According to the calendar, spring started on Friday. From that point on there are more hours of light than dark, and this situation continues to improve until midsummer. Without doubt we are now on the right side of winter.
Some argue, however, that spring is sprung much earlier, typically around March 1st when many plants emerge from winter dormancy and start the new season with a spurt of growth. Many bulbous plants such as snowdrops and crocus are now past their best, and now daffodils and tulips are springing into life.
Hellebores too are in flower, along with such shrubs as ribes (flowering currant) with its pink tassel-like flowers, the forsythias (golden bells) are smothered in bud and the small red rosettes of the rather unkempt but reliable chaenomeles (Japanese quince) are starting to appear amid their spiny jagged stems.
A particular favourite of mine are the gorgeous glossy-leaved camellias. Always early into flower, they are now either in heavy bud or even in flower. Although, not keen on exposed windy sites (who is?), they are actually remarkably tough plants which, in an ideal world, should be grown in the dappled light of young woodland.
Unfortunately, not many of us own woodland, but thankfully camellias are happy in most garden situations so long as they are pampered occasionally with a mulch around their base of lime-free (ericaceous) compost. A little effort yields a huge reward of classy rose-like flowers in shades of red, pink or white, displayed to perfection against the dark, glossy leathery leaves.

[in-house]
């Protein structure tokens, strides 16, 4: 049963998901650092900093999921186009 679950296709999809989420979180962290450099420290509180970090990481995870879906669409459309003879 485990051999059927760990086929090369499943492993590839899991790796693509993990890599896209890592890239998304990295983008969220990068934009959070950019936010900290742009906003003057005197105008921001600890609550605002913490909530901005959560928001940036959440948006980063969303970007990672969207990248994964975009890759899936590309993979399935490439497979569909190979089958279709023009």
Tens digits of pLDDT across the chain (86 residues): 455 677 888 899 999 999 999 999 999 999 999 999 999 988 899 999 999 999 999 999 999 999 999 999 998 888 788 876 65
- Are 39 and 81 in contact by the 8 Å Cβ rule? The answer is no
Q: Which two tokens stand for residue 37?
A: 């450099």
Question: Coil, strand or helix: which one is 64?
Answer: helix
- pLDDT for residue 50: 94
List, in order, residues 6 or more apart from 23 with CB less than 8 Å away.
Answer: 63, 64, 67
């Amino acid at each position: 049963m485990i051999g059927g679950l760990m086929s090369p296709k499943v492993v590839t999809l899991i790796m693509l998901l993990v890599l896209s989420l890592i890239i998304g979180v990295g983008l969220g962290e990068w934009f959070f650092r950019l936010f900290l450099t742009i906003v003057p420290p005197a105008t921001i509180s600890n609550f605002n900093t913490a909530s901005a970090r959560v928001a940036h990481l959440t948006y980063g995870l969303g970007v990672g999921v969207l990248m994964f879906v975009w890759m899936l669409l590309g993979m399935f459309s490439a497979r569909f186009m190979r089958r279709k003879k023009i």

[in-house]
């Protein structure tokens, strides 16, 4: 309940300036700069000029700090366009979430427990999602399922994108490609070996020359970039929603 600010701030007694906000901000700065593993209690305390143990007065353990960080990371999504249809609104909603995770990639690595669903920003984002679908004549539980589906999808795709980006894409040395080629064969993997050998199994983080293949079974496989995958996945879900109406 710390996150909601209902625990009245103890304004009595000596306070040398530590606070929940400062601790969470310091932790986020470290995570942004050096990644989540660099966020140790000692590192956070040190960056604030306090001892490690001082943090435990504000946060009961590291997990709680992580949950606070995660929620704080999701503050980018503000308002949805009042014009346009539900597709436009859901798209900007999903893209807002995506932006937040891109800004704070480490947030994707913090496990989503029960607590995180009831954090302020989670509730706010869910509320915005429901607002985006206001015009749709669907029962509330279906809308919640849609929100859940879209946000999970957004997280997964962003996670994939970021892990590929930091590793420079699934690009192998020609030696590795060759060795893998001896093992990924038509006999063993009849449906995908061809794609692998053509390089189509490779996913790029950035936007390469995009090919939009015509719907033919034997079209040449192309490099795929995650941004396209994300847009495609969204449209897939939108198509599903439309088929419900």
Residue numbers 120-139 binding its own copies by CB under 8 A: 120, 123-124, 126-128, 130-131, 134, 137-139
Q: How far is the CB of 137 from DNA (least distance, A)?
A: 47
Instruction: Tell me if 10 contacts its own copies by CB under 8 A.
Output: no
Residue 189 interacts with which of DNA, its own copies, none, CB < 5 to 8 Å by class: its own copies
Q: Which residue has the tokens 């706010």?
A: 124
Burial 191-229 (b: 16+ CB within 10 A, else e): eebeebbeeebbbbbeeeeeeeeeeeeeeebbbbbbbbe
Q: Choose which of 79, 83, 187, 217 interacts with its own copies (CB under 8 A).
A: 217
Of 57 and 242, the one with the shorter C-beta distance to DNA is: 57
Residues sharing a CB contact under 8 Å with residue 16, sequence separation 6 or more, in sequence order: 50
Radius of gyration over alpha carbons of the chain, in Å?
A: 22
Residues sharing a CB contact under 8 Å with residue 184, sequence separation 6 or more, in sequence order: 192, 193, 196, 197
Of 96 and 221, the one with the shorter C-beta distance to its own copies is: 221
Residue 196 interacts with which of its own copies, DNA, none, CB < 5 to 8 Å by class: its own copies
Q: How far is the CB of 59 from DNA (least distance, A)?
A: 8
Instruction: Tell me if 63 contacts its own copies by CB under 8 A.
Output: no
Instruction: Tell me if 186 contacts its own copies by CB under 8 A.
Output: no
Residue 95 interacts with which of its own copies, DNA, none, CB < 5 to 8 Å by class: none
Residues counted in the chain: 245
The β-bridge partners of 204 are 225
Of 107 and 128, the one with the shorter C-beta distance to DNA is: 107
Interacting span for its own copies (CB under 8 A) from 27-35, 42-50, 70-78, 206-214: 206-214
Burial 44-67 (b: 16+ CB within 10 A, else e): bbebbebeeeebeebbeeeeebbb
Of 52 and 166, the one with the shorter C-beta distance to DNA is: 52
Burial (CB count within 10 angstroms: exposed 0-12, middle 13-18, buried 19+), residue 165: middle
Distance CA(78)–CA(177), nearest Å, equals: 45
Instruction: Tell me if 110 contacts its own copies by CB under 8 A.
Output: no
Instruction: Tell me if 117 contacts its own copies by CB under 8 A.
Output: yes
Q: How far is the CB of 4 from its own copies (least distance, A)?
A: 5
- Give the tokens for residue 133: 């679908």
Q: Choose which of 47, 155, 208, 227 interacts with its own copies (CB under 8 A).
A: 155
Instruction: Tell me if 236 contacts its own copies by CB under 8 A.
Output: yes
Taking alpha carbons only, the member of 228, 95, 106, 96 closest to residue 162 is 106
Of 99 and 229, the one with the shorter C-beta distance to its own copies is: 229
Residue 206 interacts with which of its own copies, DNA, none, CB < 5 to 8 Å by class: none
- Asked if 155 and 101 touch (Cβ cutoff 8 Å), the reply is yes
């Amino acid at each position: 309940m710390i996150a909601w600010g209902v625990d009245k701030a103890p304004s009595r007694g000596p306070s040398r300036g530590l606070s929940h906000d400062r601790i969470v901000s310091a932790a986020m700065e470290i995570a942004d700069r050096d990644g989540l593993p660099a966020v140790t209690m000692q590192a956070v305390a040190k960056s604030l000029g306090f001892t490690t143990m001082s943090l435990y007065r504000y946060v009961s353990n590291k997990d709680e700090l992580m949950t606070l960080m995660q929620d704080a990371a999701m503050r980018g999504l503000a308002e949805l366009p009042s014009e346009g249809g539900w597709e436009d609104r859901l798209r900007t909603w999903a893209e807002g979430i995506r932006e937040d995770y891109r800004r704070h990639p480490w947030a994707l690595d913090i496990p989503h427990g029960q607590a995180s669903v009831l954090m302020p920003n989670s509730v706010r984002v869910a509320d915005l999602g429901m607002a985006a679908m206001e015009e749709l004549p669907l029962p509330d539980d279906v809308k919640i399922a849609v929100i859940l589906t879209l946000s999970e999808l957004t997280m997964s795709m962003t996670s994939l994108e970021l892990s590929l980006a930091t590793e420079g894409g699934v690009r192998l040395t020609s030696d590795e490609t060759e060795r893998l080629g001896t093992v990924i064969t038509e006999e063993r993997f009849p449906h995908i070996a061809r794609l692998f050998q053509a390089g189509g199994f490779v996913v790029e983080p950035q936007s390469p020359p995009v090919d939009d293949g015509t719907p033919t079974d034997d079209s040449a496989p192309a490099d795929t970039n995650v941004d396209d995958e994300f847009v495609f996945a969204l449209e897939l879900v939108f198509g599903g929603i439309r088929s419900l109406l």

Speaking of woodland, I am especially fond of the purple-leafed plum (prunus ‘pissardi nigra’). Tiny pink flowers are displayed now on mainly bare stems, with just the odd leaf shoot starting to unfurl. Much more delicate-looking than the later flowering cherries, it is a lovely source of early colour.
Of course, plants do not have calendars to remind them when to start growing, but they do have subtle biological clocks which are triggered by combinations of temperature, day length and moisture levels. Animals too, know instinctively that spring has arrived. I was up Crown Point over a week ago and spotted some frog spawn and there is a mass of spawn in our own garden pond.
Sometimes a sudden chill can catch out plants and animals fooled by a warm spell. I couldn’t help but feel sorry for a butterfly foraging around our primulas at Reedley. The wind was howling around us as it bravely stumbled around from plant to plant. Plants and animals may arrive too soon or too late, fooled by the weather but they certainly never forget. I wish the same could be said of me. I spend half my time forgetting what I was supposed to be doing, and despite every phone, tablet, computer and newspaper telling me the time, date and day, somehow after nearly 30 years of writing for the Express, I forgot last week to send in my copy!